Mortgage rates have been on a steady rise recently, but buyers shouldn't panic -- rates are still very low.
The average rate for a 30-year fixed-rate mortgage rose to 4.16%, up from 4.13% last week, according to Freddie Mac. A year ago, rates were sitting around 3.97%.
At the current interest rates, buyers will pay $21 more per month compared to a year ago, assuming a $241,000 price tag and 20% down payment.
"I don't think anyone welcomes higher interest rates, but it should not be a considerable deterrent to someone who really wants to buy a home," said Keith Gumbinger, vice president of HSH.com.
Rates under 5% have been the norm for a decade. "We still have quite a ways to go for rates to be even close to average," noted Len Kiefer, deputy chief economist for Freddie Mac.
In 1996, the average rate was 5.67%, and in 1990 it was 10.13%.
Rising home prices, fueled by strong demand and tight inventory, have pinched buyers in recent years. Lower interest rates helped temper that rise, but as they move higher, borrowing becomes more costly and can reduce a buyer's budget.
"If rates remain at this level, some marginal buyers could be pushed out of the marketplace," said Gumbinger. "There could be less demand for properties on the margin, but I don't think there will be a huge change."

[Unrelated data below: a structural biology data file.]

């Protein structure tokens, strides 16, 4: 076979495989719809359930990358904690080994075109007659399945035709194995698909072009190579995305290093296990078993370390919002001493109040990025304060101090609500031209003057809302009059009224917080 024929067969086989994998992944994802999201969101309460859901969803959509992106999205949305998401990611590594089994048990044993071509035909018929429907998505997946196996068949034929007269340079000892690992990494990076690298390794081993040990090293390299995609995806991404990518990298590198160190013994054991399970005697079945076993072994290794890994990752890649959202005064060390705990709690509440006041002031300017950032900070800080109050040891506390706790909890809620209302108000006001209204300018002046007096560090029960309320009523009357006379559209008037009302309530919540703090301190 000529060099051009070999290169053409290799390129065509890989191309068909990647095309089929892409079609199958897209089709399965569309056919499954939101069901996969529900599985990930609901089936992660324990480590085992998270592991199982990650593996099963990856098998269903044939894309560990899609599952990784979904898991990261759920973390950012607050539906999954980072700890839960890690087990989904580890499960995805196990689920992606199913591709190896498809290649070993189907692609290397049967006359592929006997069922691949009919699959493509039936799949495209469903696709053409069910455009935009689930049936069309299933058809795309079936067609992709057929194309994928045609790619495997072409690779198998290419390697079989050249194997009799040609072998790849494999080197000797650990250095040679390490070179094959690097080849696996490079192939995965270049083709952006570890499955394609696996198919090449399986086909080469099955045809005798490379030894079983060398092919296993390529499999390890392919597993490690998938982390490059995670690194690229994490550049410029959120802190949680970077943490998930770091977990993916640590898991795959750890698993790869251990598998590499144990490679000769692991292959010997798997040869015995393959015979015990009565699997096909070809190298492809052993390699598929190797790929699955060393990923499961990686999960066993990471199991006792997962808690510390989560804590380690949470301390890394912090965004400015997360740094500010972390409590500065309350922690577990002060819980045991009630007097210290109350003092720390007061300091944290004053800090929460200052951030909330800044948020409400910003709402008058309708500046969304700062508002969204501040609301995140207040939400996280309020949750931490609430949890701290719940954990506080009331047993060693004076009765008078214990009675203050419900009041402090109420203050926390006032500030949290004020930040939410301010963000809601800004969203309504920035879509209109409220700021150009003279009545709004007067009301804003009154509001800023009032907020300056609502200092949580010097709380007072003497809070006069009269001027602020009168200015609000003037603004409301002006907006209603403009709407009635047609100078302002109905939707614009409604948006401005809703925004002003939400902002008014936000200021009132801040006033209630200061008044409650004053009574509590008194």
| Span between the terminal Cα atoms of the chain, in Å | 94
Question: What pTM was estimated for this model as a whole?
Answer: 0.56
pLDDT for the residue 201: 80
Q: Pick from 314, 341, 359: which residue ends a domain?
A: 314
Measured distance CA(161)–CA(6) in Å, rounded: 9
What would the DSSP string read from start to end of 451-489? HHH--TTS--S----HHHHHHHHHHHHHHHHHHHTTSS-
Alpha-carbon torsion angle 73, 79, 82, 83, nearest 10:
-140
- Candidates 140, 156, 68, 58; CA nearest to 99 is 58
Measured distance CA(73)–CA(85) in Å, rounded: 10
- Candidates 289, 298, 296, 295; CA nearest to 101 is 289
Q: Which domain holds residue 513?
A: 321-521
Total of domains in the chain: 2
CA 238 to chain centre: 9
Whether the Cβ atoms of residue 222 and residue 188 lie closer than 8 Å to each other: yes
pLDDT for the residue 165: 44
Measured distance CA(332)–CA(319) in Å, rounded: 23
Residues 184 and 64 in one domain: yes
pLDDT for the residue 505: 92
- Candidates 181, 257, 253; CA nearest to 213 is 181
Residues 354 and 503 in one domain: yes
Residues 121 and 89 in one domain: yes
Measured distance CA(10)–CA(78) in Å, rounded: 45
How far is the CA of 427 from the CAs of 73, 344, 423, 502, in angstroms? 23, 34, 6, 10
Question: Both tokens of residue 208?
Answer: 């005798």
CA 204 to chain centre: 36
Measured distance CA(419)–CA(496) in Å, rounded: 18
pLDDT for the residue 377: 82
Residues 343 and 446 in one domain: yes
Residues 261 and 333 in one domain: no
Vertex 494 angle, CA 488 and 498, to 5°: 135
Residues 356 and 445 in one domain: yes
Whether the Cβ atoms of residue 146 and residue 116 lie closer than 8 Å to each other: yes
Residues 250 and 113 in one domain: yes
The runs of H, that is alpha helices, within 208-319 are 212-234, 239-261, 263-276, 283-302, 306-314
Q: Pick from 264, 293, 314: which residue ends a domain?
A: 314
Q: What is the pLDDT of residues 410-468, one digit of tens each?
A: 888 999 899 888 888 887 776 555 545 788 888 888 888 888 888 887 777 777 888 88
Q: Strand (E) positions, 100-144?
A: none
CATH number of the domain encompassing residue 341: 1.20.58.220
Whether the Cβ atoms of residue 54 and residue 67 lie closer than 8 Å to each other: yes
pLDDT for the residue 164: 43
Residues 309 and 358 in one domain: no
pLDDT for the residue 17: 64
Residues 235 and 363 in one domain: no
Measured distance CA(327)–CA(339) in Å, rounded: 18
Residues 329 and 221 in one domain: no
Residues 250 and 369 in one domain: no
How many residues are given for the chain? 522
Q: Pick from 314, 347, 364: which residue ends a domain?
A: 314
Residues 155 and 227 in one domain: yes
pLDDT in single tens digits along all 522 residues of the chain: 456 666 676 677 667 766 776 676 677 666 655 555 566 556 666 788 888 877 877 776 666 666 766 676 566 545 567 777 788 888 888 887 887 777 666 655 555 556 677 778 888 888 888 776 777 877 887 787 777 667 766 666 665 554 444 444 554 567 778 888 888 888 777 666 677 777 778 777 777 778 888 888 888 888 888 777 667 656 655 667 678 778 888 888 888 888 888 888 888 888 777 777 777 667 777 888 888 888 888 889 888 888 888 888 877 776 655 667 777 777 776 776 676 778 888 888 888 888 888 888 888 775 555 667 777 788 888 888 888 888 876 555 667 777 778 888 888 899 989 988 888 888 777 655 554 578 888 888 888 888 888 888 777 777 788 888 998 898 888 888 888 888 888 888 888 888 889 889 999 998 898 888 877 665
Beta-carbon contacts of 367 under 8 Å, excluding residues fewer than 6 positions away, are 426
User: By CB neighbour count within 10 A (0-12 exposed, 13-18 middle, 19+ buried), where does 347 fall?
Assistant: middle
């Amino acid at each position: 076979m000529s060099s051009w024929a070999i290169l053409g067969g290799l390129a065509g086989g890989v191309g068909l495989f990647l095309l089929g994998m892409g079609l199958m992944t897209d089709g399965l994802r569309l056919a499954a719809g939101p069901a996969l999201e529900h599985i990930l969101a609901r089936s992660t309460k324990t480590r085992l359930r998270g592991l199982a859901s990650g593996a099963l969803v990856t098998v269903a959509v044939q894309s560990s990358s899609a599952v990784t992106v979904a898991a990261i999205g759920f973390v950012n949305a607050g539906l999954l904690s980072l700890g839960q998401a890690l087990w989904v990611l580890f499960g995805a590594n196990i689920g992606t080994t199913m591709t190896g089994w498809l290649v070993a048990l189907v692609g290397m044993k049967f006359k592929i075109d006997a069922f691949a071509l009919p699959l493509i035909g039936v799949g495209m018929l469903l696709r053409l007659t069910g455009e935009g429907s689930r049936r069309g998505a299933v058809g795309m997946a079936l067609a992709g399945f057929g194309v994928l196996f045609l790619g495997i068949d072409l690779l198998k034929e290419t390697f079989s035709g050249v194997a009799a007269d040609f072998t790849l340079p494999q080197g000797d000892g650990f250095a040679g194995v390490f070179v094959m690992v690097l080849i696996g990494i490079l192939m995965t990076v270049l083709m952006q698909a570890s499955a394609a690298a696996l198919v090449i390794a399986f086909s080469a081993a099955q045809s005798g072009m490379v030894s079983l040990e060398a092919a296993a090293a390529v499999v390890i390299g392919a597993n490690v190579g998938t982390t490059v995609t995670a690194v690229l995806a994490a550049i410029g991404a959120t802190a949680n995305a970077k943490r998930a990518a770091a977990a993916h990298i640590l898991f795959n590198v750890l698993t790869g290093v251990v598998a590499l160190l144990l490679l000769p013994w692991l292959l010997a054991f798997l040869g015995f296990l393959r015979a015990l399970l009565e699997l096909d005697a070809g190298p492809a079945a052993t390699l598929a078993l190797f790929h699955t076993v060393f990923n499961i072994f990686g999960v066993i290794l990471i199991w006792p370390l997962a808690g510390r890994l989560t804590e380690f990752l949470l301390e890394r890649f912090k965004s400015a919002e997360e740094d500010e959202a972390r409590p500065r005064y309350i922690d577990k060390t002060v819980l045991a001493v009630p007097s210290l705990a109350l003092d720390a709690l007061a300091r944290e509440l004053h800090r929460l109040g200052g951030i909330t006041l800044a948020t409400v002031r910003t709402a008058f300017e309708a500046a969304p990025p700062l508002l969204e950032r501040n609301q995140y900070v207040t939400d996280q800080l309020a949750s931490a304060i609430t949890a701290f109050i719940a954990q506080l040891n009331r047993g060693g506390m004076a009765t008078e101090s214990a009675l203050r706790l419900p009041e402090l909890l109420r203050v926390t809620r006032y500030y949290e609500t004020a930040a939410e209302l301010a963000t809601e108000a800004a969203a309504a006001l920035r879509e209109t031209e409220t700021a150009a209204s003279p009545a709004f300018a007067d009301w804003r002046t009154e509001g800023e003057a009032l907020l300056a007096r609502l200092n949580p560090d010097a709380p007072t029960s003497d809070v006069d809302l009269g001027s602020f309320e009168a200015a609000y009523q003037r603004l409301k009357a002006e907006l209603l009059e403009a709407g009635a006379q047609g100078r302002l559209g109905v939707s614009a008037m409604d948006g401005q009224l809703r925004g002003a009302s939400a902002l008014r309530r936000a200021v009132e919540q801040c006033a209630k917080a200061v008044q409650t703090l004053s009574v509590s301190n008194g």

Kiefer said he expects home prices to continue to rise in 2017 year, but at a slower pace than we saw this year. "The supply is pretty low compared to demand and that will keep pressure on prices and rents."
The rate increases could be felt more by house hunters in the country's more expensive markets, like San Francisco and Manhattan.
"Affordability is already difficult in some markets," said Erin Lantz, vice president of mortgages for Zillow. "Rates can have more of an impact in those areas, but for most of the country, it's still very affordable, by historical standards"
Mortgage loan applications dropped 4% last week, according to the Mortgage Bankers Association.
Experts forecast rates will continue to gradually increase throughout 2017, particularly after the Federal Reserve increased a key interest rate on Wednesday for the second time in 10 years.
A higher Federal Funds rate makes it more expensive for banks to borrow money, which can lead to higher rates on credit cards and home loans.
"The era of ultra-low interest rates is over," said Lawrence Yun, chief economist of the National Association of Realtors, in a statement Wednesday. "[The] short-term rate hike will be followed by several additional rounds of increases in 2017 and 2018. Despite these moves, mortgage rates will not rise alarmingly."
The bond market also plays a role in mortgage rates. Interest rates on the U.S. government's 10-year Treasury note have been on a tear since Donald Trump was elected president. Treasury notes are a benchmark for many types of credit, including home loans.
Other factors -- like global economic uncertainty -- also affect U.S. mortgage rates.
"Global markets have sneezed and hiccupped and gone crazy at times and have driven down our interest rates," said Gumbinger.
For instance, after the Brexit vote in June, the rate on a 30-year fixed rate mortgage dropped to 3.48% -- the lowest level since May 2013.
As rates move higher, we could see the return of more home loan products, like adjustable rate mortgages.
"Non-traditional mortgage products could start to creep back into the market as consumers search for more affordable options," said Lantz.